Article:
Update: This story has been updated with a new story on Sunday: New storm forecast to bring heavy snow to Anchorage, Kenai, Mat-Su
Anchorage is in for another round of snow this weekend even as it continues to recover from a three-day storm earlier this week, and much of Southcentral Alaska will fall under a winter storm warning or watch beginning Sunday.
Anywhere from 10 to 24 inches of heavy snow is expected across the region, according to National Weather Service updates Saturday afternoon. Many communities were set to see a first wave of snowfall before then, on Saturday night, before the snow picks up Sunday.
In the Anchorage area, the weather service said 10 to 14 inches of snow is possible by Monday afternoon, with 14 to 18 inches expected on the Anchorage Hillside Light snow should begin to fall over the Anchorage Bowl starting Sunday morning, with the heaviest snowfall coming overnight Sunday and into Monday morning, potentially snarling Monday’s commute.
A winter storm warning was also in place for the Matanuska Valley, including Palmer and Wasilla, calls for 10 to 15 inches of snow.
On the western and eastern Kenai Peninsula, a winter storm warning was in effect from overnight Saturday night through Monday morning. Forecasters warned that heavy snow could cause power outages and blowing snow could significantly reduce visibility, causing dangerous driving conditions.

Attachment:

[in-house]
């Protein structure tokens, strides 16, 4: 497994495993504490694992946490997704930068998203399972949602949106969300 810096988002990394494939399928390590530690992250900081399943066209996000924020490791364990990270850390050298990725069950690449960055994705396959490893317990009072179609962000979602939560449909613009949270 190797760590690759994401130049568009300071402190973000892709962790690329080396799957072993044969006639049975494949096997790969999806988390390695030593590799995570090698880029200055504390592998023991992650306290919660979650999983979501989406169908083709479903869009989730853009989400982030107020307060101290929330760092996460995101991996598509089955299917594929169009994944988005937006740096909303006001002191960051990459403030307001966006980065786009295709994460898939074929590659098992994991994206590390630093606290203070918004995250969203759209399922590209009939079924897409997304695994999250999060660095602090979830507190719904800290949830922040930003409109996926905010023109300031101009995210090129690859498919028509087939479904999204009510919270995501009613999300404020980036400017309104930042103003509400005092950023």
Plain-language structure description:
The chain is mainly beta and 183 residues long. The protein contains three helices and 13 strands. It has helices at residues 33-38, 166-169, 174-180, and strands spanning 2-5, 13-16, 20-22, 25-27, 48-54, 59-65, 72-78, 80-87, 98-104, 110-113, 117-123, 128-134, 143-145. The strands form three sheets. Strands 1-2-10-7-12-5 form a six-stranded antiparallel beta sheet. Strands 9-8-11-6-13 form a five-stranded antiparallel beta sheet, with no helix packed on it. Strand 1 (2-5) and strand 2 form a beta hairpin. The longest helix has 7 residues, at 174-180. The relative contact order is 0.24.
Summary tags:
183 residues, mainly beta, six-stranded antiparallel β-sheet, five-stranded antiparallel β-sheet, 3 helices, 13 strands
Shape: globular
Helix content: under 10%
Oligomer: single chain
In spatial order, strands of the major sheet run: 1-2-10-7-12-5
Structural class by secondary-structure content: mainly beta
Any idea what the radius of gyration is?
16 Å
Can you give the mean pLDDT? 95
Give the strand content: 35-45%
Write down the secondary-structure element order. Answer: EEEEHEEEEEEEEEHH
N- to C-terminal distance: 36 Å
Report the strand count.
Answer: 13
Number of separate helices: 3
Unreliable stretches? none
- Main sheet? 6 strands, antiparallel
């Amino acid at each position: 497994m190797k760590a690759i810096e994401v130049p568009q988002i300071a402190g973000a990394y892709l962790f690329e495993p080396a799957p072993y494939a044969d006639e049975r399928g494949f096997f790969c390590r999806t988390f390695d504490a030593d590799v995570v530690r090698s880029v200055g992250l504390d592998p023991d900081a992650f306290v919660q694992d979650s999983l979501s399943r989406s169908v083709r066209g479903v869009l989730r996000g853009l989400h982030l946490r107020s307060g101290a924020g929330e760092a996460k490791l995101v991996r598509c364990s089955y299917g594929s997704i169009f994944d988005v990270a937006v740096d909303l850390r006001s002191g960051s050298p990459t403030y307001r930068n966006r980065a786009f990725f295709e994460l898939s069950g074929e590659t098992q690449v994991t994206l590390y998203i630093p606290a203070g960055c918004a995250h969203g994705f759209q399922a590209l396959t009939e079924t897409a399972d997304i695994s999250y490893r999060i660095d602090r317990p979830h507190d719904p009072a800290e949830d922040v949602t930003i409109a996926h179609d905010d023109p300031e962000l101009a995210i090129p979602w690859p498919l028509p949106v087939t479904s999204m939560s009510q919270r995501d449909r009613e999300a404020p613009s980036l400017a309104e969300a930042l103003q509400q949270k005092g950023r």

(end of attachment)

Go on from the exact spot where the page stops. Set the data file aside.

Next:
For the western peninsula — including Kenai, Soldotna, Homer and Cooper Landing — the weather service is forecasting 9 to 18 inches of snow, plus wind gusts of up to 35 mph. Heavier snowfall was expected along the coast of Cook Inlet from Kenai to Ninilchik.
The eastern peninsula and western Prince William Sound could receive anywhere between 10 and 24 inches of snow, along with wind gusts of up to 40 mph. That forecast includes Seward and Moose Pass, as well as Girdwood and Whittier. The National Weather Service noted that “highest snow amounts are expected from Portage Valley south to Summit Lake with lesser amounts for Seward.” At Turnagain Pass, the Chugach National Forest Avalanche Information Center expected 2 to 4 feet of snow to fall through Monday afternoon, and said the storm could bring winds of 30 to 40 mph with gusts of 60-plus mph, according to its avalanche forecast Saturday.
The weather service warned that the winds Sunday and Monday may cause blowing snow, making travel difficult on the Seward Highway between Girdwood and Whittier and through Turnagain Pass, where visibility may be reduced to a half-mile at times.
The new storm comes just days after much of Anchorage was walloped with 1 to 2 feet of snow, and as municipal and state snow clearing crews are still working to dig the city out with limited resources. Heavy snowfall and poor road conditions also prompted the Anchorage School District to close schools for three days in a row.